Outbreak of the war
End of the war

Although cinematography was of increasing economic importance, for a long time there were no uniform regulations concerning the conditions and content of performances. For that reason, conflicts between authorities, morally concerned audiences and cinematograph operators were inevitable.

The new Gewerbegesetz [Trades Licensing Act] of 1907 made no mention of cinema, which remained covered by the Vagabunden- und Schaustellergesetz [Vagabond and Fairgrounds Act] of 1836. it was not until 1912 that a regulation was decreed specially for cinematographic businesses, which finally treated the cinema as an autonomous form of entertainment.

Approval of content was based on the 1850 Theatergesetz [Theatres Act] or an 1852 decree forbidding immoral performances. The authorities interfered above all in response to complaints by indignant citizens protesting against indecent and wanton performances. From 1898 films were monitored locally by a policeman who was present at the projection.

The increase in cinematographic offerings called for a more permanent regulation. In 1907 the first regional censorship was introduced in Vienna, which allowed the police to forbid performances in advance. Film material could even be destroyed following a complaint. In 1909 accompanying texts and publicity material were also monitored by the police. A regulation by the Ministry of the Interior in coordination with the Ministry of Public Works recommended in 1912 that the censorship decisions of the Viennese authorities should be followed, but there were other regional censorship offices in the Monarchy ¬– in Linz, Innsbruck, Graz, Salzburg, Klagenfurt, Trieste, Zadar, Prague, Brno, Lemberg (Lviv), Ljubljana, Opava und Czernowitz (Chernivtsi).

Political censorship was stepped up with the start of the First World War. Films with military and political content were now often forbidden. In December 1914 an official memorandum forbade the presentation of films from ‘enemy states’. Already imported films from the ‘enemy territory’ could be performed provided that the company insignia and indications of the country of origin were removed. In 1915 a censorship office was established in the Austro-Hungarian War Archive, which verified the content and political message of all military films.

Political censorship was lifted on 30 October 1918 by decision of the provisional National Assembly. Film censorship remained in force. Standardization remained an issue in the First Republic, and no solution was found at this time, as the provinces were unwilling to abandon their authority in this regard.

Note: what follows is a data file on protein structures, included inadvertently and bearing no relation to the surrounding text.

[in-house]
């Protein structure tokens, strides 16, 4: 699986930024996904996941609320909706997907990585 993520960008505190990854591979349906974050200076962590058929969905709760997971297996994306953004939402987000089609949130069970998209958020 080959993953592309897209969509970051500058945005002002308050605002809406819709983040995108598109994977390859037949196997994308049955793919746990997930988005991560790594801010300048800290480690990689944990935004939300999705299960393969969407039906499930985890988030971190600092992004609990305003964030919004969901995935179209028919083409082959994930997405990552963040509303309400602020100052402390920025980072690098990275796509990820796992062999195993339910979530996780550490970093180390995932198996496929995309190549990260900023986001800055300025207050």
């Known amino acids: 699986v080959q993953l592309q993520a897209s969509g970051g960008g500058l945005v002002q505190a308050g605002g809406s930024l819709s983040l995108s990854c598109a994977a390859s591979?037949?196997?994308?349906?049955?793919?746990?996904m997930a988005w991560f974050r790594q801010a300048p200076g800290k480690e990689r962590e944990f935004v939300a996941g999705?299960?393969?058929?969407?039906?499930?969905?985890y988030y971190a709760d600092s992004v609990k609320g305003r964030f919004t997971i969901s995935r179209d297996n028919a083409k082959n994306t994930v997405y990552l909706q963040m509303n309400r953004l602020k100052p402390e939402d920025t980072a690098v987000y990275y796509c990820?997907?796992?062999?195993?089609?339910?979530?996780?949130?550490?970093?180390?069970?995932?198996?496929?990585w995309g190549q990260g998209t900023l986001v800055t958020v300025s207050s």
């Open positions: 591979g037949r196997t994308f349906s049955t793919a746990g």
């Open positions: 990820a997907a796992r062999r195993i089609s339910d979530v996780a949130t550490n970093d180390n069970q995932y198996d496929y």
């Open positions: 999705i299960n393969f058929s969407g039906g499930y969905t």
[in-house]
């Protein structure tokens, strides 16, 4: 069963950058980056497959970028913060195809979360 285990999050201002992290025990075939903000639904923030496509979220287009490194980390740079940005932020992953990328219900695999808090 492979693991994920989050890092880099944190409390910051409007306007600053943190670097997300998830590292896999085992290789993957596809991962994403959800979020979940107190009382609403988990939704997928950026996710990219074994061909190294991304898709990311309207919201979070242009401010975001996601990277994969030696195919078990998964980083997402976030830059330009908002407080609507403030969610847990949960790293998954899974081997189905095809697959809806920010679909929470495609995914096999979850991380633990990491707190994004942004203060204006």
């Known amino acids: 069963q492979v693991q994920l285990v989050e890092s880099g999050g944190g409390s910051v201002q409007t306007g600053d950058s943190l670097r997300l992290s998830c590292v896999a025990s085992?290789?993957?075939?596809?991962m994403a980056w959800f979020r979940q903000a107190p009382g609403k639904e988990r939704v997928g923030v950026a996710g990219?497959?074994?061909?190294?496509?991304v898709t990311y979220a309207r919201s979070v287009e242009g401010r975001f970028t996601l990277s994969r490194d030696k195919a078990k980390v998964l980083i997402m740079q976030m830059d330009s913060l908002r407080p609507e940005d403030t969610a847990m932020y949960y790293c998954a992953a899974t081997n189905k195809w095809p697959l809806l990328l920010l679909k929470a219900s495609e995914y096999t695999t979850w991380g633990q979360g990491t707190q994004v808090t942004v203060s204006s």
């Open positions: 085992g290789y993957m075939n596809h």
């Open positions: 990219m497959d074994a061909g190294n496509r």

Translation: Nick Somers


Ballhausen, Thomas: Geschnitten, Verboten, Vernichtet. Notizen zur österreichischen Filmzensurgeschichte bis 1938, in: Biblos 51 (2002), 203-214

Ballhausen, Thomas/Caneppele, Paolo (Hrsg.): Die Filmzensur in der österreichischen Presse bis 1938, Wien 2005

Contents related to this chapter


  • Aspect

    War and art

    Many artists, intellectuals and writers welcomed the outbreak of the First World War. They saw it not as an apocalypse but as the opportunity for a change for the better. As such they joined in the patriotic fervour of the first weeks and months of the war. What motivated them not only to devote their artistic energies to the fatherland but also to take an active part in the fighting? How were anti-war sentiments articulated by artists? What other forms of relationship were there between art and warfare during and after the First World War?

  • Aspect

    On the eve of war

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Persons, Objects & Events

  • Object


    All Quiet on the Western Front was released in 1930. It was the film of Erich Maria Remarque’s novel of the same name about the experiences of a soldier during the First World War. Remarque’s book and the film adaptation are classic anti-war statements. Alongside the patriotic, glorified heroic epics and “authentic” documentation of service for the fatherland, this was just one way in which the First World War was portrayed in literature and films – a medium that had come into being only twenty years before the outbreak of war.

  • Object

    Monitoring & control

    Everyday life in the Habsburg Monarchy was characterised by propaganda, monitoring and control, as can be seen by the many blank spaces in the daily newspapers and deletions in private correspondence and telegrams. At the same time an attempt was made in texts and audio-visual media to whip up general enthusiasm for the war. Not even the youngest inhabitants of the empire remained untouched, and the influence of the state was also felt in the schools of the Monarchy.